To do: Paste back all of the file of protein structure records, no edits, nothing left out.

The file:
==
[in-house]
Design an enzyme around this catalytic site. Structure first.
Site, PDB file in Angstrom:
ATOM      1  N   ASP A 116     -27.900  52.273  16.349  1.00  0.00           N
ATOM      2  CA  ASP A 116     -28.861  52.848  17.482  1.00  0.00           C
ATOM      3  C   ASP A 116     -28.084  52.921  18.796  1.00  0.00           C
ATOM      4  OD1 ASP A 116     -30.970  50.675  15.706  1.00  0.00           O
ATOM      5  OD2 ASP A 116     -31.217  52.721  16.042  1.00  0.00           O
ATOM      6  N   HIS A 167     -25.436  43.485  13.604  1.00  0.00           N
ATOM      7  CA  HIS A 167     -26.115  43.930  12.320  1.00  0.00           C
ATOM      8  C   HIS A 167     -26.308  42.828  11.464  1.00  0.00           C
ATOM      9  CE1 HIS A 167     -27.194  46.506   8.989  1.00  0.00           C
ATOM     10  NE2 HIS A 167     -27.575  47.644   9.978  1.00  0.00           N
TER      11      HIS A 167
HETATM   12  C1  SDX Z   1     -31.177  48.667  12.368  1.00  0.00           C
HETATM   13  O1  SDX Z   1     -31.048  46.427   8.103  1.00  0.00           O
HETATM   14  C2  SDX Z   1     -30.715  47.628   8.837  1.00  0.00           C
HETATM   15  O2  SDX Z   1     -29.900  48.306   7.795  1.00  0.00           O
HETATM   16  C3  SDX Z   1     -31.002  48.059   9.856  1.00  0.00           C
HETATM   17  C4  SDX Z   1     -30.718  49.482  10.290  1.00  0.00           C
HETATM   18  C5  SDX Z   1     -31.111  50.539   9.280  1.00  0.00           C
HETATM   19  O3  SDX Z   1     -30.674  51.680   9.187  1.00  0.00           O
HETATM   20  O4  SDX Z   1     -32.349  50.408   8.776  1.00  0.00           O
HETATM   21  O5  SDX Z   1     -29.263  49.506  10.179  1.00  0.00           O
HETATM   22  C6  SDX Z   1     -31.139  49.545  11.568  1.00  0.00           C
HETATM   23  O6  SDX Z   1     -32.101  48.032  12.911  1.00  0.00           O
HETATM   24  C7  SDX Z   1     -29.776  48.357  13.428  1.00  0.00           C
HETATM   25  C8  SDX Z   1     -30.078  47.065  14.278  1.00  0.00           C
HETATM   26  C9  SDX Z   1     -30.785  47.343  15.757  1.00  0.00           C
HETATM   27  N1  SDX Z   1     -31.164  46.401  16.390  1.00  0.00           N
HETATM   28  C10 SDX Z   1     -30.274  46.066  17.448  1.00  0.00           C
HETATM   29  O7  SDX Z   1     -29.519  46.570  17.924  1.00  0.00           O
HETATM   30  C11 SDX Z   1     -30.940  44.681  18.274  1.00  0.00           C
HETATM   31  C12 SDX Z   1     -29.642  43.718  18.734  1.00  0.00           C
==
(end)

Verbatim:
[in-house]
Design an enzyme around this catalytic site. Structure first.
Site, PDB file in Angstrom:
ATOM      1  N   ASP A 116     -27.900  52.273  16.349  1.00  0.00           N
ATOM      2  CA  ASP A 116     -28.861  52.848  17.482  1.00  0.00           C
ATOM      3  C   ASP A 116     -28.084  52.921  18.796  1.00  0.00           C
ATOM      4  OD1 ASP A 116     -30.970  50.675  15.706  1.00  0.00           O
ATOM      5  OD2 ASP A 116     -31.217  52.721  16.042  1.00  0.00           O
ATOM      6  N   HIS A 167     -25.436  43.485  13.604  1.00  0.00           N
ATOM      7  CA  HIS A 167     -26.115  43.930  12.320  1.00  0.00           C
ATOM      8  C   HIS A 167     -26.308  42.828  11.464  1.00  0.00           C
ATOM      9  CE1 HIS A 167     -27.194  46.506   8.989  1.00  0.00           C
ATOM     10  NE2 HIS A 167     -27.575  47.644   9.978  1.00  0.00           N
TER      11      HIS A 167
HETATM   12  C1  SDX Z   1     -31.177  48.667  12.368  1.00  0.00           C
HETATM   13  O1  SDX Z   1     -31.048  46.427   8.103  1.00  0.00           O
HETATM   14  C2  SDX Z   1     -30.715  47.628   8.837  1.00  0.00           C
HETATM   15  O2  SDX Z   1     -29.900  48.306   7.795  1.00  0.00           O
HETATM   16  C3  SDX Z   1     -31.002  48.059   9.856  1.00  0.00           C
HETATM   17  C4  SDX Z   1     -30.718  49.482  10.290  1.00  0.00           C
HETATM   18  C5  SDX Z   1     -31.111  50.539   9.280  1.00  0.00           C
HETATM   19  O3  SDX Z   1     -30.674  51.680   9.187  1.00  0.00           O
HETATM   20  O4  SDX Z   1     -32.349  50.408   8.776  1.00  0.00           O
HETATM   21  O5  SDX Z   1     -29.263  49.506  10.179  1.00  0.00           O
HETATM   22  C6  SDX Z   1     -31.139  49.545  11.568  1.00  0.00           C
HETATM   23  O6  SDX Z   1     -32.101  48.032  12.911  1.00  0.00           O
HETATM   24  C7  SDX Z   1     -29.776  48.357  13.428  1.00  0.00           C
HETATM   25  C8  SDX Z   1     -30.078  47.065  14.278  1.00  0.00           C
HETATM   26  C9  SDX Z   1     -30.785  47.343  15.757  1.00  0.00           C
HETATM   27  N1  SDX Z   1     -31.164  46.401  16.390  1.00  0.00           N
HETATM   28  C10 SDX Z   1     -30.274  46.066  17.448  1.00  0.00           C
HETATM   29  O7  SDX Z   1     -29.519  46.570  17.924  1.00  0.00           O
HETATM   30  C11 SDX Z   1     -30.940  44.681  18.274  1.00  0.00           C
HETATM   31  C12 SDX Z   1     -29.642  43.718  18.734  1.00  0.00           C